A decades-long fight to reopen a park house, once a thriving community center in a working-class neighborhood, has taken on new urgency during the pandemic.
The neighborhood speaks:
“It gets neglected,” said Alysha Lewis, a former chairwoman of the local community board. “The parks department really treats it like it’s a stepchild.”
Sandra Dupal, who owns a bakery, offered in 2017 to pay for a kiosk to sell sandwiches and snacks so that more people could enjoy the park. She never got an answer from park officials. “The park has untapped potential,” she said.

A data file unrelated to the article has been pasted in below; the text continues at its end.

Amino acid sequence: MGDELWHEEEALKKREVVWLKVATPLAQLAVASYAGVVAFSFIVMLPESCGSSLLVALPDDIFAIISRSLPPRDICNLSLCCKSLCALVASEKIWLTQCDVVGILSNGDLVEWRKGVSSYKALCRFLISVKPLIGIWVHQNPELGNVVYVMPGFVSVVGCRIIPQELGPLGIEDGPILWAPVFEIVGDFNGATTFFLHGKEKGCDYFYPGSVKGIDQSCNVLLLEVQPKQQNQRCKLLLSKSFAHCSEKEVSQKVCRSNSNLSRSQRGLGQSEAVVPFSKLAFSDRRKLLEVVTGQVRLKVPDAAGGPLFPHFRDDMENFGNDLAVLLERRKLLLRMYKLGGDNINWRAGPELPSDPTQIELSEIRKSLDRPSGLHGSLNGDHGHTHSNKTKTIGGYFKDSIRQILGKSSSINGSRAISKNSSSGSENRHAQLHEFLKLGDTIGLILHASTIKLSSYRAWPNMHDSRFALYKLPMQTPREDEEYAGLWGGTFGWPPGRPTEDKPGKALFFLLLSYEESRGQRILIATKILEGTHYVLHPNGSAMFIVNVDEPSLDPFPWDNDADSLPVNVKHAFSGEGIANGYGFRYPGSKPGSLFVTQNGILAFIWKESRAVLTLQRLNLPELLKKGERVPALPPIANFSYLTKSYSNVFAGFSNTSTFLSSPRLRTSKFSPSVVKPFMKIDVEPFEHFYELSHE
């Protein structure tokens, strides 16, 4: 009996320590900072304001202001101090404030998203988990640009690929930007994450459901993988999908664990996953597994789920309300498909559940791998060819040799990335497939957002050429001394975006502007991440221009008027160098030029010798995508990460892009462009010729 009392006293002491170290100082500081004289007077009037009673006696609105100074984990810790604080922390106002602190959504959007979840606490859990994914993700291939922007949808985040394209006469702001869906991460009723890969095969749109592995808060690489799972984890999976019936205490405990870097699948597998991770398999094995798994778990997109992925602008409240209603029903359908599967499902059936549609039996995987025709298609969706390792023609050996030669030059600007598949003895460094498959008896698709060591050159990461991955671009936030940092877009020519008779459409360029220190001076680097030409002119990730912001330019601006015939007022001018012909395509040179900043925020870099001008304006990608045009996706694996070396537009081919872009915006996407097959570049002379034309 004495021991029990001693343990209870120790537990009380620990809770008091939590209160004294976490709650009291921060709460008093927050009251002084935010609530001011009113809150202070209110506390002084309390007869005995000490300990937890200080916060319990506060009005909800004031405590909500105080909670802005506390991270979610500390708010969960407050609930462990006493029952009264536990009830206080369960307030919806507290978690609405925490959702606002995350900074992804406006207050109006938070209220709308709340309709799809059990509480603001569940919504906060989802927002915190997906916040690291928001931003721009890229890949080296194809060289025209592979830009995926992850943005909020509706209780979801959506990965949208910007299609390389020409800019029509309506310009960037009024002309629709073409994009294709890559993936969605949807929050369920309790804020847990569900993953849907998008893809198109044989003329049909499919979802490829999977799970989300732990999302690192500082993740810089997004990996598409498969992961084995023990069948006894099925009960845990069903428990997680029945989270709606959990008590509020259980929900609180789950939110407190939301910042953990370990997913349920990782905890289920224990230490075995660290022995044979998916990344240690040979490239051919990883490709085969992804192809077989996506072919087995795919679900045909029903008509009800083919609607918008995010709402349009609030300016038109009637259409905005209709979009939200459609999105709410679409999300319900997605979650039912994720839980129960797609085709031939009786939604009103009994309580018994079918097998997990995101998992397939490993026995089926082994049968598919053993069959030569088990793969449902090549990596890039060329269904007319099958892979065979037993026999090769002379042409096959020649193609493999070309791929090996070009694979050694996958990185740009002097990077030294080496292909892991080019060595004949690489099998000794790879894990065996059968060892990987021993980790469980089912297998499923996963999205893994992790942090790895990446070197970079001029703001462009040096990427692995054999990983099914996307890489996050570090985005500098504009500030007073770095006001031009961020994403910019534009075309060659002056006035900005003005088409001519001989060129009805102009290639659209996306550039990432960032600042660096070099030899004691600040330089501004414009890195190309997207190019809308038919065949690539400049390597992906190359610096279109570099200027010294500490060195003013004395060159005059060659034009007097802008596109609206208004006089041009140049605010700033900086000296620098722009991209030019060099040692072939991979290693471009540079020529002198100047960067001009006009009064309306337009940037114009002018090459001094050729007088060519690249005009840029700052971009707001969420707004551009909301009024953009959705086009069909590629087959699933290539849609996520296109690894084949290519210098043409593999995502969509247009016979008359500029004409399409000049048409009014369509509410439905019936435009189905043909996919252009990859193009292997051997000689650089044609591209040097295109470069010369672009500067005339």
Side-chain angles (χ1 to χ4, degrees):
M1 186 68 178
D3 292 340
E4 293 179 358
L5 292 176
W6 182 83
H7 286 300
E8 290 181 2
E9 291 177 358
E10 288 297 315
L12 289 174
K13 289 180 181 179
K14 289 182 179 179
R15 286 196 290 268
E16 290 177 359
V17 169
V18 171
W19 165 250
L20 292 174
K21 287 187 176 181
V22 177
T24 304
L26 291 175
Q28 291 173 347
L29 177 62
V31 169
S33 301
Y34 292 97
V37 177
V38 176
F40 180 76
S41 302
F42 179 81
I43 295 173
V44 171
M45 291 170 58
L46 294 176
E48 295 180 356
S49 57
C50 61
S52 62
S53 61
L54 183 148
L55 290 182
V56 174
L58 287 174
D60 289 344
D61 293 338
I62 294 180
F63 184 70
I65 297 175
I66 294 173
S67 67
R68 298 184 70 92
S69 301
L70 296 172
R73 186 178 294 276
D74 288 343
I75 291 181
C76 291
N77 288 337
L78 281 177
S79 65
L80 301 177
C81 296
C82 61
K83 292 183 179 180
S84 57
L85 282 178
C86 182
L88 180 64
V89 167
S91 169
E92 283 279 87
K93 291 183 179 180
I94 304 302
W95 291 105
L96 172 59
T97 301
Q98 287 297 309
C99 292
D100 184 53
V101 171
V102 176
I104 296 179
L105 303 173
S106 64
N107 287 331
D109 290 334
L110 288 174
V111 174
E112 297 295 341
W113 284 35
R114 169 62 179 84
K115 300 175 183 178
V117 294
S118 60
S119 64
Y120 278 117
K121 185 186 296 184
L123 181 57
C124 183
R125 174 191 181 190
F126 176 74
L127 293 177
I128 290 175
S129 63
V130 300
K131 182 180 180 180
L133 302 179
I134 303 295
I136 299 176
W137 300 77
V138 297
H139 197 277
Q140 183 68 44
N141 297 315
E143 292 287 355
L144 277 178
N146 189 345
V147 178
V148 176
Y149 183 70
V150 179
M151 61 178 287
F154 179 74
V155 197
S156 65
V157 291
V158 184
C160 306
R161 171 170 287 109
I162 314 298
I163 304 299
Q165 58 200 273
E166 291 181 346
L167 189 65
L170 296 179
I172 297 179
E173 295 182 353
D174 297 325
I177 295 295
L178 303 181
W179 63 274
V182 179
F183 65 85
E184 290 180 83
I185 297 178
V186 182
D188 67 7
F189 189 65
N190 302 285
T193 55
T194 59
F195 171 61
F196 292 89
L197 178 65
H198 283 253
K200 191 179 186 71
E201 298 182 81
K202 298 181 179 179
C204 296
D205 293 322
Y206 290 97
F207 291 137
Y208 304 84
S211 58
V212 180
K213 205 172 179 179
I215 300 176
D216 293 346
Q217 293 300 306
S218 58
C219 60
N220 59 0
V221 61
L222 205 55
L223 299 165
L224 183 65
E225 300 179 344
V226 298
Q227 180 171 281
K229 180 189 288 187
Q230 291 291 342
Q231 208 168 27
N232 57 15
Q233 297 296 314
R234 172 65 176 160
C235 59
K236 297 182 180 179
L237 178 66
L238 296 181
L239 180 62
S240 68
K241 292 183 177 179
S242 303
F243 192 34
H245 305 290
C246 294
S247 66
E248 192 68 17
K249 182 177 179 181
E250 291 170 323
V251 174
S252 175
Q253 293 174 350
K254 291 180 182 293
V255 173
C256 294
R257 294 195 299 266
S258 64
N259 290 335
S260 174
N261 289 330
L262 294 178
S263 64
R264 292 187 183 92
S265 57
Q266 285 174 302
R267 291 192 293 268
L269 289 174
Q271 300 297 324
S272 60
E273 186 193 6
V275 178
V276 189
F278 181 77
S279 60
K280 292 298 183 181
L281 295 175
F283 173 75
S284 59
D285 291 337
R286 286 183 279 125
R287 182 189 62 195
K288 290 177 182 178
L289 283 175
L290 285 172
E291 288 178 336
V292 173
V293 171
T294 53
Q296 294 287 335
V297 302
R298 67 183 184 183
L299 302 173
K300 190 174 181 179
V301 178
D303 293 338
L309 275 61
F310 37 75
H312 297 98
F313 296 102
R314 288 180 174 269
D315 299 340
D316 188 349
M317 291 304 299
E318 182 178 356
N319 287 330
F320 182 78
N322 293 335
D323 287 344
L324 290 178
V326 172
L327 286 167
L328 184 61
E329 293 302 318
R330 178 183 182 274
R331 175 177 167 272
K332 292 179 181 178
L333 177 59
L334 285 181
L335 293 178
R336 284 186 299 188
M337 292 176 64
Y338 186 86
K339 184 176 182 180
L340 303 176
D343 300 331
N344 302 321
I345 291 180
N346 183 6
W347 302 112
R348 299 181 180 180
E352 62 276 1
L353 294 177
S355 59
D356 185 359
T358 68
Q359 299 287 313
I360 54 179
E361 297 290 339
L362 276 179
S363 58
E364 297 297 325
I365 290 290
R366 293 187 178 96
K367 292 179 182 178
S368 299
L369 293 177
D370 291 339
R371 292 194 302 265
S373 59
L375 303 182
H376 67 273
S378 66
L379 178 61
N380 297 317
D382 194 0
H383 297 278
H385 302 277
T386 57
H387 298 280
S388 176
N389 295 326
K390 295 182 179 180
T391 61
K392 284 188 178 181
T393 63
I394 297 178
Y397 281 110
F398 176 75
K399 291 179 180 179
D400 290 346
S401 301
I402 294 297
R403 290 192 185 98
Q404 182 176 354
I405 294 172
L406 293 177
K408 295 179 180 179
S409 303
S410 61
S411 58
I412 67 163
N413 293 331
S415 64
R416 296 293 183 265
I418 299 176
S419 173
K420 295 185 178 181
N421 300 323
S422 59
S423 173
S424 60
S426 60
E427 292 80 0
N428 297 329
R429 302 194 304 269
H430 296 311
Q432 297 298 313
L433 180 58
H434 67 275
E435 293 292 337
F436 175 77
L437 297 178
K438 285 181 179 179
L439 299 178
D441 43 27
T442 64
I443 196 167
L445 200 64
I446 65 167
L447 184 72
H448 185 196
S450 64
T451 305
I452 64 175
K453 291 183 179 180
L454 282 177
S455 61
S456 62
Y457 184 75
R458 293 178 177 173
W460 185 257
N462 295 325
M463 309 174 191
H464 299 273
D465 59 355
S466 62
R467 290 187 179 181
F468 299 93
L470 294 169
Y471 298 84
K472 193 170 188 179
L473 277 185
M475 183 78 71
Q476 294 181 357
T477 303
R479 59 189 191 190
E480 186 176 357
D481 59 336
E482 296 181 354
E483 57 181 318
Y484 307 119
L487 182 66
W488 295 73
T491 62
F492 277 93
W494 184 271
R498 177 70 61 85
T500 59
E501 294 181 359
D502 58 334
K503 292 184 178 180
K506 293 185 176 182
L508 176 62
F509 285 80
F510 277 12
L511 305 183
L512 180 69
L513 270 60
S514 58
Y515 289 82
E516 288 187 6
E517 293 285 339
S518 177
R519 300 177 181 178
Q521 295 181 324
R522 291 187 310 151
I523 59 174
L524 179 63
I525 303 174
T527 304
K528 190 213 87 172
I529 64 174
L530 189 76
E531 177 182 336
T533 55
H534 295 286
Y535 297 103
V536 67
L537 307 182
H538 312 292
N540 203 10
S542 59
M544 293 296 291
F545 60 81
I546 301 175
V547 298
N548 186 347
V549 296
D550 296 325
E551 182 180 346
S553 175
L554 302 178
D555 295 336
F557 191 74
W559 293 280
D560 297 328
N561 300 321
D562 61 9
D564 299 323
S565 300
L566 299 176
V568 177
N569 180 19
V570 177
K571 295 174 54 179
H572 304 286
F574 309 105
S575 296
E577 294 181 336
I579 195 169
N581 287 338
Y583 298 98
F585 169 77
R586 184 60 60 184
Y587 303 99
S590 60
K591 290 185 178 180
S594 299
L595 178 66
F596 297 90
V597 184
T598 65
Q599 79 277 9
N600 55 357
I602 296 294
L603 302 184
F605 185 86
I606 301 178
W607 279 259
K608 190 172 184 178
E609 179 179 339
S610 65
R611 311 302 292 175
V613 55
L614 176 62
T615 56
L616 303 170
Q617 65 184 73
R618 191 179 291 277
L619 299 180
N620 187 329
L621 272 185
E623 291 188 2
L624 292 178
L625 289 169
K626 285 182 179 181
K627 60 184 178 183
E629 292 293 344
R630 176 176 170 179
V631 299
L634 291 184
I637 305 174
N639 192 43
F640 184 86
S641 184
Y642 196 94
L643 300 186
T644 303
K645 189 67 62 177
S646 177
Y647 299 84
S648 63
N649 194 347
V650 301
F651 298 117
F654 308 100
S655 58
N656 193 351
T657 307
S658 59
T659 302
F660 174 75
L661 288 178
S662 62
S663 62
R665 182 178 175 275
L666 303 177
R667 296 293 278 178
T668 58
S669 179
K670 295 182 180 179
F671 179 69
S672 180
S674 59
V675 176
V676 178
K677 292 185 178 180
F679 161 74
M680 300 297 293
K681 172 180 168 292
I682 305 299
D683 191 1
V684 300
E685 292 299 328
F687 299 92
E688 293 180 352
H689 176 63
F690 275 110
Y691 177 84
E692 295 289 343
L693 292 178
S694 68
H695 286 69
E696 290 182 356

Reynaldo Belen, 20, who recently graduated from a high school across from the park, said it should be used to bring people together. “That could kind of stop some of the violence in the area,”